My yard was typical for Queens, NY. One side had concrete which formed part of the driveway up to the garage. We had a double wide garage, intended for storage of two cars. The garage wall extended from one part of the property line 50 feet across to the other side of the property line. With a small attached shed on the right. The right side of the backyard had grass, Mom’s vegetable plot and a rock garden. It was small, yet functional: we always had fresh beefsteak tomatoes in the summer. What set our yard apart was a grape barber on a wooden trellis that overhung half of the backyard on the paved side. The vines produced the sweetest grapes that my mother magically transformed into grape jelly. It had the added benefit of providing shade on hot summer days.

We had the also had the benefit of a finished basement. We had a toilet in the basement which was a life-saver for a standard 1 bathroom house with 4 people. Since the basement had a walk-in entrance from the backyard, it was often used as the party annex. Pop had a separate bar in the basement, so there was a natural flow to our parties from the yard to the basement and back again. The basement bathroom was also extremely handy during parties. In cold weather, when we didn’t use the garage or yard, the basement became party central.

Noise was always a problem in Richmond Hill. I now live in upstate New York in a home with R21 insulation, energy saving windows, and central air. At night, it is now completely quiet and always comfortably cool. What a change from Richmond Hill. In Richmond Hill, we first had to contend with Idlewild Airport. (That’s what we called it before it was renamed Kennedy International.) We were in the flight pattern for most planes and the jet engine noise on some days was intense enough to vibrate the house. Really, the house vibrated.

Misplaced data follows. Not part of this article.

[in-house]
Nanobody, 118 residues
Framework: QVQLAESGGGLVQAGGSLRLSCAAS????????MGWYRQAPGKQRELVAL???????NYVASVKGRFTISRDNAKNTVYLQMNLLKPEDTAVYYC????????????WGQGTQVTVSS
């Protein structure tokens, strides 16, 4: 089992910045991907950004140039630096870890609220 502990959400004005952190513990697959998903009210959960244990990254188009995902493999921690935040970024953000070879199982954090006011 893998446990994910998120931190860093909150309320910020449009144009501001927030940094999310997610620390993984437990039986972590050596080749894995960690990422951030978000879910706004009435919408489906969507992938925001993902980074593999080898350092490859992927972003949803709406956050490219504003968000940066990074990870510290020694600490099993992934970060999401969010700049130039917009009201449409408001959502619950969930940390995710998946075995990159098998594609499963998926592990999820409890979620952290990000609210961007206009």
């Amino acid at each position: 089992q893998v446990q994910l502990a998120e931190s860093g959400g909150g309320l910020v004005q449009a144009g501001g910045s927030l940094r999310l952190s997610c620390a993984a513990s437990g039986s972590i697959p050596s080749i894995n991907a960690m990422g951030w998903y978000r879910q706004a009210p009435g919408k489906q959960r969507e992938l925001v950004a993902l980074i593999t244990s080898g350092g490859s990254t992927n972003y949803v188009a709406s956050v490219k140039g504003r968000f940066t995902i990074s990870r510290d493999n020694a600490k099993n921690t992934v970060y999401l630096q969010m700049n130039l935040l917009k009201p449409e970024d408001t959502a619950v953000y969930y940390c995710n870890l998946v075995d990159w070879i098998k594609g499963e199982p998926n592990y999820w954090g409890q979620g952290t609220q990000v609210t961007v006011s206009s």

And on hot days, all screen doors were left open and windows were left open. There were no secrets among neighbors. You could hear what was going on at the neighbor to your left and to your right. They could also hear you. Add to this cacophony, the movement of the elevated A train at the last stop at Lefferts Blvd. And you had the occasional siren from a police car or an ambulance. I don’t know now, how I ever slept through the night. I remember walking down the block on a summer evening, getting snippets from each neighbor from their daily life: sounds of cooking, dish cleaning, loud conversation and TV. Since we all seemed to watch CBS, you would pick up a broadcast by simply walking down the block. You would lose sound walking past a house and then pick up the broadcast again from the next house, all the way to your front door.